Résultats: Deux tiers des enfants ont développé une réponse IgG spécifique à gSG6-P1 durant la période étudiée et - plus intéressant - avant la saison des pluies, quand An. funestus était la seule espèce d’anophèle signalée. La réponse IgG spécifique augmentait au cours de saison d’exposition à l’An. funestus et une association positive entre le taux d’IgG et le niveau d’exposition aux piqûres de An. funestus a été observée.
Conclusions: Les résultats suggèrent que l’évaluation de la réponse IgG spécifique à gSG6-P1 chez les enfants pourrait également représenter un biomarqueur de l’exposition aux piqûres de An. funestus. La disponibilité d’un tel biomarqueurs évaluant l’exposition aux deux principaux vecteurs de P. falciparum en Afrique pourrait être particulièrement pertinente en tant que critère pour l’évaluation directe de l’efficacité des stratégies de lutte antivectorielle.
Primer ensayo para validar el peptido salivar gSG6-P1 como herramienta inmuno-epidemiológica que evalúe la exposición humana frente a picaduras de An. funestus
Objetivo: Validar el péptido gSG6-P1 como herramienta epidemiológica que evalúe la exposición a picaduras de An. funestus, el segundo vector de malaria más importante en África sub-Sahariana.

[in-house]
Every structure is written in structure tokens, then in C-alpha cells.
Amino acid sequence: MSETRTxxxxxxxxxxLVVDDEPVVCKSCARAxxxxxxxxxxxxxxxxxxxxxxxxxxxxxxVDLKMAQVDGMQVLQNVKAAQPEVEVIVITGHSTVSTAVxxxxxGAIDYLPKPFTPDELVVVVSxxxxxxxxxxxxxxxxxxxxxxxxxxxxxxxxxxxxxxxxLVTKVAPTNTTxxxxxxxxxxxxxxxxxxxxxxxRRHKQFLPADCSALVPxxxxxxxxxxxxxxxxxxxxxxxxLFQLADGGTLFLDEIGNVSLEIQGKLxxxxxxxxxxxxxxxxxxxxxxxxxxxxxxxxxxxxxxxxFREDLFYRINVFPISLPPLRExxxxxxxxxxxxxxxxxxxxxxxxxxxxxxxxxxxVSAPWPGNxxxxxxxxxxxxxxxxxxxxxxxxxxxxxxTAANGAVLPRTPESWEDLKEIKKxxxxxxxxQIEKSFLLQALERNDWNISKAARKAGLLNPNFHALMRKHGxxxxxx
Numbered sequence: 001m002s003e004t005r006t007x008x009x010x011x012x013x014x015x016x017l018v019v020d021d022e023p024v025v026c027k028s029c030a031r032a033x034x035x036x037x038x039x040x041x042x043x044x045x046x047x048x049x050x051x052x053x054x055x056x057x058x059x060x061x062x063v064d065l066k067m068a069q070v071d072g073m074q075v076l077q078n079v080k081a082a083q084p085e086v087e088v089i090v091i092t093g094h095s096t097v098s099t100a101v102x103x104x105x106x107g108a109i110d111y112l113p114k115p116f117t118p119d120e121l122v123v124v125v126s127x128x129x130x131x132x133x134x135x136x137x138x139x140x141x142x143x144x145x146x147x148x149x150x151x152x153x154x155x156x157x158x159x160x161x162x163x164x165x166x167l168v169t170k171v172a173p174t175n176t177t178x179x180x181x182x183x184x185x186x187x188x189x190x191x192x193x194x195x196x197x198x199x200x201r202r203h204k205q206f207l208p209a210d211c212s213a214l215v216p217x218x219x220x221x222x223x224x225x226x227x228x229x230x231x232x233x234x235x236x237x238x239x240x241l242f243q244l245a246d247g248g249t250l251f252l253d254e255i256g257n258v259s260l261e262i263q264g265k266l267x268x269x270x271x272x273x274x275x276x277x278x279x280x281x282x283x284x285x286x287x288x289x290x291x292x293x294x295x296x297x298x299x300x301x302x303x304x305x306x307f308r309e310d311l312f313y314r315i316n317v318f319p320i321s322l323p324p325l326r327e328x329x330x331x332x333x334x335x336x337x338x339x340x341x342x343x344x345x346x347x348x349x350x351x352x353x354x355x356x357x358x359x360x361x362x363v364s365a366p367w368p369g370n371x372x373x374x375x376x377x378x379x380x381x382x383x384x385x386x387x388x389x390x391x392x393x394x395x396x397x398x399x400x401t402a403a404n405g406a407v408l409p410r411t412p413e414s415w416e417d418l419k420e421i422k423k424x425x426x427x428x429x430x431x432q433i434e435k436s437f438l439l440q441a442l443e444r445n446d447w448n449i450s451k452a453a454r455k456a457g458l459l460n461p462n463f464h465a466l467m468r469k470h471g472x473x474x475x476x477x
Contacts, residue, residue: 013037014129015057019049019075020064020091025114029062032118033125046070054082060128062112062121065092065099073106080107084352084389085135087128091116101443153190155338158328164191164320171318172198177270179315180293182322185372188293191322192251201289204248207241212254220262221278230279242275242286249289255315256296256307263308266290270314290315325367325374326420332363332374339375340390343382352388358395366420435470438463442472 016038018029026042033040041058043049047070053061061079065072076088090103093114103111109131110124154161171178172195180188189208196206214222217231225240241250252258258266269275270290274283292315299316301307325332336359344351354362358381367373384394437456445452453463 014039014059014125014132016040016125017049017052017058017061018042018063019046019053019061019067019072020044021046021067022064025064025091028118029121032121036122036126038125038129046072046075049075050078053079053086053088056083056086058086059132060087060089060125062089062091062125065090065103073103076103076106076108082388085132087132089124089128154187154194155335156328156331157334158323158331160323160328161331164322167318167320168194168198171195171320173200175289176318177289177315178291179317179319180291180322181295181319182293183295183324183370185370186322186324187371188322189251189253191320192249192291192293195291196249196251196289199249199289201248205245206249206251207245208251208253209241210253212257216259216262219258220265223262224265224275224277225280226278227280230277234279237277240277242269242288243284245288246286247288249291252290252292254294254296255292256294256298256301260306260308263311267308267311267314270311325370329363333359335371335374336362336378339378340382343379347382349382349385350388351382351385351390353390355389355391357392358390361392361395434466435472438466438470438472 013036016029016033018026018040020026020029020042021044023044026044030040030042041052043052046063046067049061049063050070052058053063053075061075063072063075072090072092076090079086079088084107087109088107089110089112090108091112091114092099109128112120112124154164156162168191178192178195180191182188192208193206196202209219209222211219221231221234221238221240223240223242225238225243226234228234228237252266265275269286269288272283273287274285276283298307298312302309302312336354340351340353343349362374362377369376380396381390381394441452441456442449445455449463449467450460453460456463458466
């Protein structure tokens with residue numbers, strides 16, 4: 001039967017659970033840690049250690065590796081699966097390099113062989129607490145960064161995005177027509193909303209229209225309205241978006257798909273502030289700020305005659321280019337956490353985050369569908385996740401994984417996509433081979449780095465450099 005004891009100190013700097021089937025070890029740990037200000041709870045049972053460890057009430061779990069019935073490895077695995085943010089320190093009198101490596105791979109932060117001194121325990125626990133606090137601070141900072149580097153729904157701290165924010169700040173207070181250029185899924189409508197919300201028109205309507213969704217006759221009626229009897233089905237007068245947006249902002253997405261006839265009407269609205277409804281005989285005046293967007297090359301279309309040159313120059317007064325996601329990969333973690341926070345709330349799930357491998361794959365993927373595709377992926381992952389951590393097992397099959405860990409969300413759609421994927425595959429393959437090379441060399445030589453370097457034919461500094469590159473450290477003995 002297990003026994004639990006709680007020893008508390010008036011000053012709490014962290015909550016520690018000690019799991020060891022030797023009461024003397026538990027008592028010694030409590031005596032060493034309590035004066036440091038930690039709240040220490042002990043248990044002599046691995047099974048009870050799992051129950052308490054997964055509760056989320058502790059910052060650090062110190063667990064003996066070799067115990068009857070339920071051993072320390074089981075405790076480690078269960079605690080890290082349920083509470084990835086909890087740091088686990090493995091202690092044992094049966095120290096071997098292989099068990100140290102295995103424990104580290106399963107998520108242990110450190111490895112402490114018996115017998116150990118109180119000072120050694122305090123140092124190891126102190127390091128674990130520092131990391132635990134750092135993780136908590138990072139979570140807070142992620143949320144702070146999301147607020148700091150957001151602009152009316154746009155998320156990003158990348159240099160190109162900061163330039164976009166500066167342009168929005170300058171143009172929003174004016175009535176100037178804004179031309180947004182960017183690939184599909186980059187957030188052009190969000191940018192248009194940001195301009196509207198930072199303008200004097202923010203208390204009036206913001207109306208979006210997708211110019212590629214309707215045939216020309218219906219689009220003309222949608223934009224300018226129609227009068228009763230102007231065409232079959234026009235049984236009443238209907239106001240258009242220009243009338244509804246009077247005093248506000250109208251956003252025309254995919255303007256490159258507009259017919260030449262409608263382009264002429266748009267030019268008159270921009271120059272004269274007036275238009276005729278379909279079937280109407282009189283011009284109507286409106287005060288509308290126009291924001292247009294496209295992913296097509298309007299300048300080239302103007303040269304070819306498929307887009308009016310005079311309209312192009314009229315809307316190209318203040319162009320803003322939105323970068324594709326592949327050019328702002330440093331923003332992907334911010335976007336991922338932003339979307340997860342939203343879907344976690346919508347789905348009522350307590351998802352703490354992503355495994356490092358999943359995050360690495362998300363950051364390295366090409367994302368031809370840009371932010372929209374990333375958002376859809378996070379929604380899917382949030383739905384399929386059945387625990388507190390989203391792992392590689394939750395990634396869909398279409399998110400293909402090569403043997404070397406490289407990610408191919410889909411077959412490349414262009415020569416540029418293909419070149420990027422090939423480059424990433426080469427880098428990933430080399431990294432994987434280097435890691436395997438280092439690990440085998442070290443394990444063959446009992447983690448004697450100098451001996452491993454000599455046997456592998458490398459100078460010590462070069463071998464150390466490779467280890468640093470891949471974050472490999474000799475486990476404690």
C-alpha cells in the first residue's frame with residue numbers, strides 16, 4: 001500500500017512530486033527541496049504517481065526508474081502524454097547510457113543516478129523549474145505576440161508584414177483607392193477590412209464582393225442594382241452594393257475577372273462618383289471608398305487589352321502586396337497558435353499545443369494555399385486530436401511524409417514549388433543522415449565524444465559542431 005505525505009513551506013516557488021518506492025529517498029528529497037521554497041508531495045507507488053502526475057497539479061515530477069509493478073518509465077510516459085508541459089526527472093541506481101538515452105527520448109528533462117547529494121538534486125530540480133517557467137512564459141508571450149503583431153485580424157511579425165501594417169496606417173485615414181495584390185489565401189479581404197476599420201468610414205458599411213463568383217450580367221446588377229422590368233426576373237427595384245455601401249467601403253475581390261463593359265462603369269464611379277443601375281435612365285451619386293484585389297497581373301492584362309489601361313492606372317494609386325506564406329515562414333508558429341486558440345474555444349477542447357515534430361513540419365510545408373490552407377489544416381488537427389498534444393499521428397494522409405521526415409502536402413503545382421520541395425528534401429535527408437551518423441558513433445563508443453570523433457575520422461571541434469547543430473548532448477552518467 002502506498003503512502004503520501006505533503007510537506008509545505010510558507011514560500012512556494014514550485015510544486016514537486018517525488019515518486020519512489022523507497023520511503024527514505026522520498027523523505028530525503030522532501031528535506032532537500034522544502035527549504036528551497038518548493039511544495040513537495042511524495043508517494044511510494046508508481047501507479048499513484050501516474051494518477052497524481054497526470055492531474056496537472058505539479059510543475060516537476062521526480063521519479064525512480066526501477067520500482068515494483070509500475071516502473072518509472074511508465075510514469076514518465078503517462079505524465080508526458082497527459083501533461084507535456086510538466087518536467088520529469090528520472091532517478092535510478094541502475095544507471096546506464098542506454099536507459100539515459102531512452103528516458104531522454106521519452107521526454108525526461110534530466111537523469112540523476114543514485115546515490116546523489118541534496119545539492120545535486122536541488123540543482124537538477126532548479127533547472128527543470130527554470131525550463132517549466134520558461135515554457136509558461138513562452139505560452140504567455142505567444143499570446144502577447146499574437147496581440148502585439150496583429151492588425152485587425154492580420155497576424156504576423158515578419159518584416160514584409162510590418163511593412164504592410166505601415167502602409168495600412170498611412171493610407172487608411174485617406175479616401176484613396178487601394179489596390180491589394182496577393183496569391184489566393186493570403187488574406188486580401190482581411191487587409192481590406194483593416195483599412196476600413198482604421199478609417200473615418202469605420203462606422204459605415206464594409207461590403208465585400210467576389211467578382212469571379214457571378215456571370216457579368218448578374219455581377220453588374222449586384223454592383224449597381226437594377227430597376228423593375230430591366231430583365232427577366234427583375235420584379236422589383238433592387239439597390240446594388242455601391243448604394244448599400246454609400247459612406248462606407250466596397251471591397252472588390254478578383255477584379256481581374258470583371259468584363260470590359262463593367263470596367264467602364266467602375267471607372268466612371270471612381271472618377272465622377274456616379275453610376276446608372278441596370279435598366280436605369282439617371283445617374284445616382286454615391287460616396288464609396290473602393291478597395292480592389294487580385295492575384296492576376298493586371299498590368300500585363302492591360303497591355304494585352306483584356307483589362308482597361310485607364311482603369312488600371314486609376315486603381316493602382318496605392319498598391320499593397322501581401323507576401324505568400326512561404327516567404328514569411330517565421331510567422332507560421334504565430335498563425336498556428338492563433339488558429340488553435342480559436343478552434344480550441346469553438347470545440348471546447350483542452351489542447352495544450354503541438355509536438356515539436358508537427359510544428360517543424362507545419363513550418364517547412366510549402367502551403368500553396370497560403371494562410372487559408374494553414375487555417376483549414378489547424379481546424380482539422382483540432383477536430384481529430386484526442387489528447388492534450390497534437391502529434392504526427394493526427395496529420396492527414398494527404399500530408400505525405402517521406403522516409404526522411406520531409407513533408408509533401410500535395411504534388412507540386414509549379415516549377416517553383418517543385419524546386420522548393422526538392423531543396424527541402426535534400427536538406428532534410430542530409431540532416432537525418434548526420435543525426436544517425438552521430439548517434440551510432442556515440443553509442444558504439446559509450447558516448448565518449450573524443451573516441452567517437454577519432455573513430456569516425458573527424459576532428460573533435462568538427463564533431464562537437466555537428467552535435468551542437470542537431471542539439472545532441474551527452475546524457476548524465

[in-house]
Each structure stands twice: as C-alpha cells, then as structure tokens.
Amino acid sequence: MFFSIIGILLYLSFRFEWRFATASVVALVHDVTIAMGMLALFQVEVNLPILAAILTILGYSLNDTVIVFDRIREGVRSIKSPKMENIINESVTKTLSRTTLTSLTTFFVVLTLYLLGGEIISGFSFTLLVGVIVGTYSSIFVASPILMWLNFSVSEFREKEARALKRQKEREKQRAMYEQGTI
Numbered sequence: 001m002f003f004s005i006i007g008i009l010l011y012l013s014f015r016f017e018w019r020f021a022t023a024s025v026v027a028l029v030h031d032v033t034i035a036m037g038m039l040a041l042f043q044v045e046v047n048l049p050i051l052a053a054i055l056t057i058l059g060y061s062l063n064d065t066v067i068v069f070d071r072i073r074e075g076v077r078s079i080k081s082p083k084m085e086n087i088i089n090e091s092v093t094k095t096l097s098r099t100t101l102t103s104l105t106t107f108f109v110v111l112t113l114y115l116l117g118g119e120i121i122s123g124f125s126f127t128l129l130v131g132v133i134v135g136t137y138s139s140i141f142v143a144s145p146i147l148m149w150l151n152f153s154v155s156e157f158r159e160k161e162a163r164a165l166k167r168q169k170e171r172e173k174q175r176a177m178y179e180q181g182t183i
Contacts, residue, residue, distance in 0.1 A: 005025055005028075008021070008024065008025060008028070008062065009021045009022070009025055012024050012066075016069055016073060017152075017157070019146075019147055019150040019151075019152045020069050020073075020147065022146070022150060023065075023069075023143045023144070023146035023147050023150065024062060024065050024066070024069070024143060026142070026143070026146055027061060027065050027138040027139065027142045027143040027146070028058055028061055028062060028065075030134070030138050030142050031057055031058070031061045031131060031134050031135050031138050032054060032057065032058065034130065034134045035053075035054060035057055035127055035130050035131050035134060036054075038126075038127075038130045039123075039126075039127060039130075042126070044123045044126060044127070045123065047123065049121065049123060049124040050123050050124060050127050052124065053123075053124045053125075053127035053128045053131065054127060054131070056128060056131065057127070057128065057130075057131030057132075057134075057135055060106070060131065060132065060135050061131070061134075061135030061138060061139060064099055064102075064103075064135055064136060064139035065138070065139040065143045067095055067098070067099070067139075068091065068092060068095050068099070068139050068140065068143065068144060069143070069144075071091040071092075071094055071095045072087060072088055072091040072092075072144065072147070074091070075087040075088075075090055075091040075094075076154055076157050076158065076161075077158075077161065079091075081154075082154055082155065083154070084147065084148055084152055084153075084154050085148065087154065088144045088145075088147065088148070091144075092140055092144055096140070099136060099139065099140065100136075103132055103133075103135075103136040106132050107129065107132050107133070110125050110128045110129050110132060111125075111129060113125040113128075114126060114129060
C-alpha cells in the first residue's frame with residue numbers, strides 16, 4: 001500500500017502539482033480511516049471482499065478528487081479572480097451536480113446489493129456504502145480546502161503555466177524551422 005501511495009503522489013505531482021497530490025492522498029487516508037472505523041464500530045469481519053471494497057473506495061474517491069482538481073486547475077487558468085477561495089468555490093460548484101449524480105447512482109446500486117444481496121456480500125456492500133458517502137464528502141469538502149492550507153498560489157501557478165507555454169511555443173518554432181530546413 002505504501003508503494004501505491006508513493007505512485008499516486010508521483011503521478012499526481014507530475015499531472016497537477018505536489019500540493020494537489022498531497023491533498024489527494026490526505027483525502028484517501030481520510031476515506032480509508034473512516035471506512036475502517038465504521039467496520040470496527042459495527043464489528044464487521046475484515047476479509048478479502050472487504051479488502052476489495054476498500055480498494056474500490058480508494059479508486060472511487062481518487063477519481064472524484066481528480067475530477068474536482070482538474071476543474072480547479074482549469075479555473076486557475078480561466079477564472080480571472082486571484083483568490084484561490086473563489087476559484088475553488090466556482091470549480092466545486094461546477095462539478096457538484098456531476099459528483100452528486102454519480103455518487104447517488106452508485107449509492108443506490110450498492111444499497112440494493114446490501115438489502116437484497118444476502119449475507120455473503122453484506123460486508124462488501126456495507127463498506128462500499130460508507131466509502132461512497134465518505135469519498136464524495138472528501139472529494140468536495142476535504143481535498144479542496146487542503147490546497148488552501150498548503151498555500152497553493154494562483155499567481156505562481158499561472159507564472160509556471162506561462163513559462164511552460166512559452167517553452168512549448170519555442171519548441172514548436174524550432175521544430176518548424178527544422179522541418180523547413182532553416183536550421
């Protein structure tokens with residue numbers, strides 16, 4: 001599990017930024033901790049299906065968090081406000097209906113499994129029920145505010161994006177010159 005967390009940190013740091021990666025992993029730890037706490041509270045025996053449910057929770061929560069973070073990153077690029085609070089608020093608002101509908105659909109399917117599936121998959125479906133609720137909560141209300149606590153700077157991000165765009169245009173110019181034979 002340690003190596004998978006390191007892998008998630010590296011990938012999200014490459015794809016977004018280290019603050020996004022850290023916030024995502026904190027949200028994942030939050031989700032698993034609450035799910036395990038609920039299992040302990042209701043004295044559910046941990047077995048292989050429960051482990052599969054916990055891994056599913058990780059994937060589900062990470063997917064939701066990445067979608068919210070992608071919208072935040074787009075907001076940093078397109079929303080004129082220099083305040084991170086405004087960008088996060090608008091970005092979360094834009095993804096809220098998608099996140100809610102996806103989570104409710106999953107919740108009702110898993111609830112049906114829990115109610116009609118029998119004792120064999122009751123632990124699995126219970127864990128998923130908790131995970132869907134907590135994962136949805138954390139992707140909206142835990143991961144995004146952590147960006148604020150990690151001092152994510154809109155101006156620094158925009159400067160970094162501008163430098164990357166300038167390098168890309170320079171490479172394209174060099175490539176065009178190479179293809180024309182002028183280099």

Métodos: Estudio multidisciplinar, en un poblado senegalés en donde An. funestus es la principal especie anofelina. Los niveles de anticuerpos IgG específicos para gSG6-P1 se evaluaron y compararon en los mismos niños antes, durante el pico y después de la estación de lluvias.
Resultados: Dos tercios de los niños desarrollaron una IgG específica para gSG6-P1 durante el periodo de estudio y – más interesante aún – antes de la época lluviosa, cuando An. funestus era la única especie anofelina reportada. La respuesta IgG específica aumentó durante el periodo de exposición a An. funestus y se observó una asociación positiva entre el nivel de IgG y el nivel de exposición a picaduras de An. funestus.
Conclusiones: Los resultados sugieren que la evaluación de la respuesta IgG específica para gSG6-P1 en niños también podría utilizarse como un biomarcador de exposición a picaduras de An. funestus. La disponibilidad de un biomarcador que evalúa la exposición a los dos principales vectores de P. falciparum en África podría ser particularmente relevante como un criterio directo para la evaluación de la eficacia de estrategias de control vectorial.